News & Events

My statement on the twenty-seventh Anniversary of the École Polytechnique de Montréal Tragedy

December 12, 2016

It was a cold, Wednesday afternoon when a young man walked into École Polytechnique de Montreal armed with a 223‑calibre rifle. The date was December 6, 1989.

He entered a classroom of engineering students and instantly ordered all six women to the back and the men to leave. Lining the women up side by side, he yelled, “You’re all a bunch of feminists, I hate feminists.”

He lifted his rifle, pointed it toward the first woman’s head and shot her in the forehead. He would go on to do the same for the other five standing alongside.

The shots echoed through the hallways. Students nearby heard the horrifying screams and scrambled for help.

On that dark day, 14 women lost their lives. And the gunman’s suicide note stated that women had no place in engineering because they would take jobs from men, that feminists were ruining his life, and his intention was to end the lives of all women in the Department of Engineering.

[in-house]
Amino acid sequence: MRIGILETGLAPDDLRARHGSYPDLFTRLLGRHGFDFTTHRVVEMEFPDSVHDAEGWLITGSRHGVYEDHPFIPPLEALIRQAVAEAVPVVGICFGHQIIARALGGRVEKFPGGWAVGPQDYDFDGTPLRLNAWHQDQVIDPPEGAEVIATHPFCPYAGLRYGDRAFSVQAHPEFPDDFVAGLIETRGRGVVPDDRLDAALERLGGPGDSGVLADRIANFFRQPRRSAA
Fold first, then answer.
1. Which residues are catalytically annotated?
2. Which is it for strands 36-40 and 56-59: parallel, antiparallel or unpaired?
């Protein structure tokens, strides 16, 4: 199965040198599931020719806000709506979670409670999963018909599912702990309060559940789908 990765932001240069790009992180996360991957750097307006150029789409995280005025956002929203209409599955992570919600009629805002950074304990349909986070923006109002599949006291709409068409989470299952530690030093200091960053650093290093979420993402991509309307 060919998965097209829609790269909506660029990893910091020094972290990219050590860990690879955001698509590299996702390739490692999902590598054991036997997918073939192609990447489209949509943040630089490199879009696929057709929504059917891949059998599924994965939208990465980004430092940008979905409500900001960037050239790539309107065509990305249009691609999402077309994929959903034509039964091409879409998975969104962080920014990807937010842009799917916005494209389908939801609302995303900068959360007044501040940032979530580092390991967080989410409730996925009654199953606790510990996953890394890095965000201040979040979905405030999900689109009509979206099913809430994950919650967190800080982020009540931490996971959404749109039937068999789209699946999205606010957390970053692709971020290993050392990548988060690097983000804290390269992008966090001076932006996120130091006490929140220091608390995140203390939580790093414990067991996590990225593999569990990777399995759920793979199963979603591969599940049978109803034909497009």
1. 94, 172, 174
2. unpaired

Today marks National Day of Remembrance and Action on Violence against Women, and I wish to pay tribute to these 14 brave women who lost their lives 27 years ago. Their only sin was that they had dared to dream they could be engineers.

Michele  Thibodeau‑DeGuire was the first woman to graduate from the civil engineering program at École Polytechnique de Montreal.  Asked about a possible solution to gender‑based violence, she said, “One way to move forward after an event like this is to continue encouraging girls and women to stay in fields like engineering.”

Currently, there are about 2,000 women enrolled in the Polytechnique’s Department of Engineering. That is about 25 per cent of the total number of engineering students.

Honourable senators, remarkably, violence against women remains all too common today. According to the World Health Organization, one in three women experience some form of violence in their lifetime, and most of these by their partners.  It doesn’t take much thinking to remember the assaults and abuses against young women recently all over the world.  No doubt you yourselves are remembering, perhaps even someone you know.

December 6 is an opportunity for Canadians to reflect on the phenomenon of violence against women in our society and commemorate women, such as those 14 students in Montreal who died on that Wednesday afternoon 27 years ago.

And they are: Geneviève Bergeron, Hélène Colgan, Nathalie Croteau, Barbara Daigneault, Anne‑Marie Edward, Maud Haviernick, Barbara Klucznik‑Widajewicz, Maryse Laganière, Maryse Leclair, Anne‑Marie Lemay, Sonia Pelletier, Michèle Richard, Annie St‑Arneault, Annie Turcotte.

Thank you.